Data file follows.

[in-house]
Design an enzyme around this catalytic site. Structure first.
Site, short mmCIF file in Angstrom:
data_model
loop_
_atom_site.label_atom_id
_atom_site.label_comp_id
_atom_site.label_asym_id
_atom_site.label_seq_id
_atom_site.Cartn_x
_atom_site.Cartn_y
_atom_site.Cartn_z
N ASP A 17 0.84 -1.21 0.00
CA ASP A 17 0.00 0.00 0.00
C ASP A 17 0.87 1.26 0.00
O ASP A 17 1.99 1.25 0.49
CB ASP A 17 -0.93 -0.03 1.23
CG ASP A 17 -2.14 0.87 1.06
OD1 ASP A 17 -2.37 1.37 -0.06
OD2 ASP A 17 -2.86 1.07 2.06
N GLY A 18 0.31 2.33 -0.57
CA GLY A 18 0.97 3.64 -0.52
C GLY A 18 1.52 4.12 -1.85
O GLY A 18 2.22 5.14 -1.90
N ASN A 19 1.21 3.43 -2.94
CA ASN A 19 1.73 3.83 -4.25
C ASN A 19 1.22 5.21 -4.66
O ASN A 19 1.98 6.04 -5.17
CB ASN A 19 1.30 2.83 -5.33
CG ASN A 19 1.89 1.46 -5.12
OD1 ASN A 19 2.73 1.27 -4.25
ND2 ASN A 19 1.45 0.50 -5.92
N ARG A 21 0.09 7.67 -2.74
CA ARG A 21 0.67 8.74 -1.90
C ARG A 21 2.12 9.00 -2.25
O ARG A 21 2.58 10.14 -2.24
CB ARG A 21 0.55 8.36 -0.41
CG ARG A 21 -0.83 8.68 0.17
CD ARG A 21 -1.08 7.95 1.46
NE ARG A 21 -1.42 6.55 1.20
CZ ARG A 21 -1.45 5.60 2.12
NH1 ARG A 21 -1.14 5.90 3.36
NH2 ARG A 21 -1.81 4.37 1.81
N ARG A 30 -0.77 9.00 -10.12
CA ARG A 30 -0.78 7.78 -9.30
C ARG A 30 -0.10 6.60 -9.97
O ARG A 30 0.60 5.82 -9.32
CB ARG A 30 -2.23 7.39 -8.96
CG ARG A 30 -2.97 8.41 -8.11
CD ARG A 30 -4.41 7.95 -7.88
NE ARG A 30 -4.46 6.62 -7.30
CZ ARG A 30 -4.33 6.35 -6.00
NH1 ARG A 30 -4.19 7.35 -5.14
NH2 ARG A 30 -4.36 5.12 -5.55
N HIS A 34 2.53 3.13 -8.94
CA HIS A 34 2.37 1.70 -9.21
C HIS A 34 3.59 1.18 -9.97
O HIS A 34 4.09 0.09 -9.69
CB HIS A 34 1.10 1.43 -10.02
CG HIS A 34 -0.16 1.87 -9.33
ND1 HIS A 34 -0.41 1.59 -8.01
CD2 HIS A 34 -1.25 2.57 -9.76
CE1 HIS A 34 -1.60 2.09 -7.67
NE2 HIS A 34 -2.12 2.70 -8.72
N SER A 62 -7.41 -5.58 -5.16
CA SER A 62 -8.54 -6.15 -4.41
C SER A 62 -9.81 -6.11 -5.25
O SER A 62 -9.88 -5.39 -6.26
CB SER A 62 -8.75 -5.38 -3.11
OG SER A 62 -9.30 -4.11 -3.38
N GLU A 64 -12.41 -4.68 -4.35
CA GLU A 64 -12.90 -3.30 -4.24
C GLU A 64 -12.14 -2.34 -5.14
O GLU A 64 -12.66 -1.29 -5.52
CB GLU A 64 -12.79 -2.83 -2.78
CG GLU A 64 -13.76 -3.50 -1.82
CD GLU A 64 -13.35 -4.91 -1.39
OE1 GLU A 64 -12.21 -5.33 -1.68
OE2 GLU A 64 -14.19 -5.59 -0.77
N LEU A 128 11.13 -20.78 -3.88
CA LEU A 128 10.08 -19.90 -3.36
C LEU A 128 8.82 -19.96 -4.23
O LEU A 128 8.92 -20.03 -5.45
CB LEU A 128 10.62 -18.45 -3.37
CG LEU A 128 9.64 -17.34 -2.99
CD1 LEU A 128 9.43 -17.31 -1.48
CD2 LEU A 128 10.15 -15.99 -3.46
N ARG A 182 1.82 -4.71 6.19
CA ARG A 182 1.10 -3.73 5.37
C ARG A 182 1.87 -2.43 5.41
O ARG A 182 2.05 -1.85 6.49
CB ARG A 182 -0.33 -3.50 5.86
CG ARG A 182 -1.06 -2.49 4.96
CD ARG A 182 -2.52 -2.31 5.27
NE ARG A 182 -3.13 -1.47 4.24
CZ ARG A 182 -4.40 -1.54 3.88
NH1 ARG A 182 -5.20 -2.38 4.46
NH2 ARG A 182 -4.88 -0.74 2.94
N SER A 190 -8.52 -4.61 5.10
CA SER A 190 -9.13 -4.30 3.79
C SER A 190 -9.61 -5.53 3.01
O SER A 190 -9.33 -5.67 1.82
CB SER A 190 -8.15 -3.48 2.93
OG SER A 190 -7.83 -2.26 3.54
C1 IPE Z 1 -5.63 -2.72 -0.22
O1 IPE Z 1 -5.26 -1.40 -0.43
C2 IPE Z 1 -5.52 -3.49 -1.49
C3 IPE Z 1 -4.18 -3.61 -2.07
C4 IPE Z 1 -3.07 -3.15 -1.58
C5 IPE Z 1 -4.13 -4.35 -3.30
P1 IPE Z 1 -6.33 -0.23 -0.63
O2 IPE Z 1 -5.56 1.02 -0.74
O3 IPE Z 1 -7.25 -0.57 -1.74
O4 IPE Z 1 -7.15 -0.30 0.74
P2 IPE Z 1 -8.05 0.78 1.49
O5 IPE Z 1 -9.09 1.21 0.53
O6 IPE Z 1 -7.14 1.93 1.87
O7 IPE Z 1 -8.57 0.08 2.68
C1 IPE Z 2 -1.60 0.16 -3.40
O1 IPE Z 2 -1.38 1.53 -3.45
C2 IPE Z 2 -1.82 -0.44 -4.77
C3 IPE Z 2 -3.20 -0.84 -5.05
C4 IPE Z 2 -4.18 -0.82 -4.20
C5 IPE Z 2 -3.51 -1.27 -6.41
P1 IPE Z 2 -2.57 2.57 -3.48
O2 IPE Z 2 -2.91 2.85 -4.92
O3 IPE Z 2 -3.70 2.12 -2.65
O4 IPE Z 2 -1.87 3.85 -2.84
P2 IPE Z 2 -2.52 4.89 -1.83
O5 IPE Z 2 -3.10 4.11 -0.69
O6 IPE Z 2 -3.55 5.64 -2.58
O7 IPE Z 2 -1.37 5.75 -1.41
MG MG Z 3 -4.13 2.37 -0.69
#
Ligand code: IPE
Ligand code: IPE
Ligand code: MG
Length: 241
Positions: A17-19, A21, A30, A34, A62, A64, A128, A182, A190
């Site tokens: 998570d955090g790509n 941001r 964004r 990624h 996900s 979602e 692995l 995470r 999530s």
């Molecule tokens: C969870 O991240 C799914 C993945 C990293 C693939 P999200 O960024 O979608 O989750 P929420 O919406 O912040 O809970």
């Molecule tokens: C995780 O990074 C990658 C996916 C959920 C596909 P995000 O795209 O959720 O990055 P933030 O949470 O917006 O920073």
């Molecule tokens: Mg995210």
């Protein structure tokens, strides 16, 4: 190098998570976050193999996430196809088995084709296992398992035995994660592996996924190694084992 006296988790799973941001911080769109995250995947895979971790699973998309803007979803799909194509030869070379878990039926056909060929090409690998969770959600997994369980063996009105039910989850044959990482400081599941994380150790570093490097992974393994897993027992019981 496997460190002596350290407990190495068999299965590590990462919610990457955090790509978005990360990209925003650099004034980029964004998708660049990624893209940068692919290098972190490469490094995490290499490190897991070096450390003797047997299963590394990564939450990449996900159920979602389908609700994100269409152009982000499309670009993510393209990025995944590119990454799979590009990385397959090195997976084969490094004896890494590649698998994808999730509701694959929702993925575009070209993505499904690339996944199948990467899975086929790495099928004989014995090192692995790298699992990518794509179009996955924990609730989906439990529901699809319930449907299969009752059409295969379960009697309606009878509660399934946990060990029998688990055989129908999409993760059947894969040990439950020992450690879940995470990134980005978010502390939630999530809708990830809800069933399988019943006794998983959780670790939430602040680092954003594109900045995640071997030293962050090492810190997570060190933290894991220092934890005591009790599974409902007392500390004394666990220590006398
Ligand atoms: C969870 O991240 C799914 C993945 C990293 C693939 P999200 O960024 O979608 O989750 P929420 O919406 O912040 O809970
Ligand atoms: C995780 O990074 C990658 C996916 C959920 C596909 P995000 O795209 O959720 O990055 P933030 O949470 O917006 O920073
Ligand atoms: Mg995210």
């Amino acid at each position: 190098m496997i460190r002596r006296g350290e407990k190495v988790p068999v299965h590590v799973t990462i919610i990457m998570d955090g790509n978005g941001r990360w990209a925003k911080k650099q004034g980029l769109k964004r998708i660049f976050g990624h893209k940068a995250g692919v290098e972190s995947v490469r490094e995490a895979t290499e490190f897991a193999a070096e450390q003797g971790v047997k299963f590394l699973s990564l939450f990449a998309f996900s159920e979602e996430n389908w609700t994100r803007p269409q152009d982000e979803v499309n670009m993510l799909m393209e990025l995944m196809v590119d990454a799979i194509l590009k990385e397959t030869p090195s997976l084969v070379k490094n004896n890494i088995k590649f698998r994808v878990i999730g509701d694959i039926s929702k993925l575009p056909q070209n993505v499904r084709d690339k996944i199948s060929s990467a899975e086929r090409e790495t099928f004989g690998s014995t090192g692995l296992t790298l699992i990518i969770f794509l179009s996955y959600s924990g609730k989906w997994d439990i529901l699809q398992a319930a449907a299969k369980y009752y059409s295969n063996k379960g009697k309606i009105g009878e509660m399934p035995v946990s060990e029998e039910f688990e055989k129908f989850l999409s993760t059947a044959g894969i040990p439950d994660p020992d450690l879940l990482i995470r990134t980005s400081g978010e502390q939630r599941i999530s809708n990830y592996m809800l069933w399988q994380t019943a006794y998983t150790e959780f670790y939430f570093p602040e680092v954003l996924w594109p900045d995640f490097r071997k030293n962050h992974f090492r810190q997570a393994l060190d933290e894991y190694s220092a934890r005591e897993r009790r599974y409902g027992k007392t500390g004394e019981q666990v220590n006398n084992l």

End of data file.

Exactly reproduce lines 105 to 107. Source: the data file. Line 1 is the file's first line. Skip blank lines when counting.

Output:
C1 IPE Z 1 -5.63 -2.72 -0.22
O1 IPE Z 1 -5.26 -1.40 -0.43
C2 IPE Z 1 -5.52 -3.49 -1.49